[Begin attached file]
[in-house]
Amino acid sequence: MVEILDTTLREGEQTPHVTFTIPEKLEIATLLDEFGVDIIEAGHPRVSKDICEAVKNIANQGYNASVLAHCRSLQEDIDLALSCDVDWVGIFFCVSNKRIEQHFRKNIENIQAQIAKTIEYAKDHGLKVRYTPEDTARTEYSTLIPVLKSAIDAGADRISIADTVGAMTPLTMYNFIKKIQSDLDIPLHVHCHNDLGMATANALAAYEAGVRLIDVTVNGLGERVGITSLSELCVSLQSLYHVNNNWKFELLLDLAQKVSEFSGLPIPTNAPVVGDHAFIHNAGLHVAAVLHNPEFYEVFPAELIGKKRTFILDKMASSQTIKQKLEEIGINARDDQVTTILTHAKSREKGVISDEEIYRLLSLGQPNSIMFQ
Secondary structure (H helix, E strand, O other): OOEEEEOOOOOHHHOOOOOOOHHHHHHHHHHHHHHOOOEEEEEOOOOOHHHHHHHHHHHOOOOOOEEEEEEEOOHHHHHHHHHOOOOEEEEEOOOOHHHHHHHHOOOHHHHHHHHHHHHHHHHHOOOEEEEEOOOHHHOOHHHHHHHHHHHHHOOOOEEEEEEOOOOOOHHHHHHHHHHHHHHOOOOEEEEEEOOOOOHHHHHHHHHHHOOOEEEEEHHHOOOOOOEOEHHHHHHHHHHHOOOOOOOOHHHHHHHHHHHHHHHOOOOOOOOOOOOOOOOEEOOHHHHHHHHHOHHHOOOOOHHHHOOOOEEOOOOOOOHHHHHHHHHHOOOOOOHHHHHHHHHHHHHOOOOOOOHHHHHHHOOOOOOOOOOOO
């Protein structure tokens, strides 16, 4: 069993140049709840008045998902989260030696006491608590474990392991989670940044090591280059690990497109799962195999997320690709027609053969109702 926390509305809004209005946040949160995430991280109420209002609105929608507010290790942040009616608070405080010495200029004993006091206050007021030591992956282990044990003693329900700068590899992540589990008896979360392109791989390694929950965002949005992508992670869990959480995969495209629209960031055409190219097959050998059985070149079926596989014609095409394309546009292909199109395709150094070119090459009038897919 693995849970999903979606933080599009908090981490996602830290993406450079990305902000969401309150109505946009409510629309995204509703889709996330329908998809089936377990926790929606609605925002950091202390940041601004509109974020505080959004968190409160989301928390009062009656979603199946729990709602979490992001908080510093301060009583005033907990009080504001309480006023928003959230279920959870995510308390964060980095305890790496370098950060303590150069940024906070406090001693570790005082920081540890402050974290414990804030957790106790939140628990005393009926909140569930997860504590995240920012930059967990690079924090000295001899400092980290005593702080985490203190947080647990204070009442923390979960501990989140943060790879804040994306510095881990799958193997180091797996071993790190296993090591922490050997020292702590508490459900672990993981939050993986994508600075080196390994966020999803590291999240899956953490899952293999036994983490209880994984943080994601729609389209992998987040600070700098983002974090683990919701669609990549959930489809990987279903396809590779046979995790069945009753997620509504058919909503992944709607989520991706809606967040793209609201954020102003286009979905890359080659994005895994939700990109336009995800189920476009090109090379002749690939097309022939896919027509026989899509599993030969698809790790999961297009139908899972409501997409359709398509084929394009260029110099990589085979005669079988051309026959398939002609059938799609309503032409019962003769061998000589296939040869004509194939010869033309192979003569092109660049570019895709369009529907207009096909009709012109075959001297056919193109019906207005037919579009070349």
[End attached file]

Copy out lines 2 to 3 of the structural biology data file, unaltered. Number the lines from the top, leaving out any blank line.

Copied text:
Amino acid sequence: MVEILDTTLREGEQTPHVTFTIPEKLEIATLLDEFGVDIIEAGHPRVSKDICEAVKNIANQGYNASVLAHCRSLQEDIDLALSCDVDWVGIFFCVSNKRIEQHFRKNIENIQAQIAKTIEYAKDHGLKVRYTPEDTARTEYSTLIPVLKSAIDAGADRISIADTVGAMTPLTMYNFIKKIQSDLDIPLHVHCHNDLGMATANALAAYEAGVRLIDVTVNGLGERVGITSLSELCVSLQSLYHVNNNWKFELLLDLAQKVSEFSGLPIPTNAPVVGDHAFIHNAGLHVAAVLHNPEFYEVFPAELIGKKRTFILDKMASSQTIKQKLEEIGINARDDQVTTILTHAKSREKGVISDEEIYRLLSLGQPNSIMFQ
Secondary structure (H helix, E strand, O other): OOEEEEOOOOOHHHOOOOOOOHHHHHHHHHHHHHHOOOEEEEEOOOOOHHHHHHHHHHHOOOOOOEEEEEEEOOHHHHHHHHHOOOOEEEEEOOOOHHHHHHHHOOOHHHHHHHHHHHHHHHHHOOOEEEEEOOOHHHOOHHHHHHHHHHHHHOOOOEEEEEEOOOOOOHHHHHHHHHHHHHHOOOOEEEEEEOOOOOHHHHHHHHHHHOOOEEEEEHHHOOOOOOEOEHHHHHHHHHHHOOOOOOOOHHHHHHHHHHHHHHHOOOOOOOOOOOOOOOOEEOOHHHHHHHHHOHHHOOOOOHHHHOOOOEEOOOOOOOHHHHHHHHHHOOOOOOHHHHHHHHHHHHHOOOOOOOHHHHHHHOOOOOOOOOOOO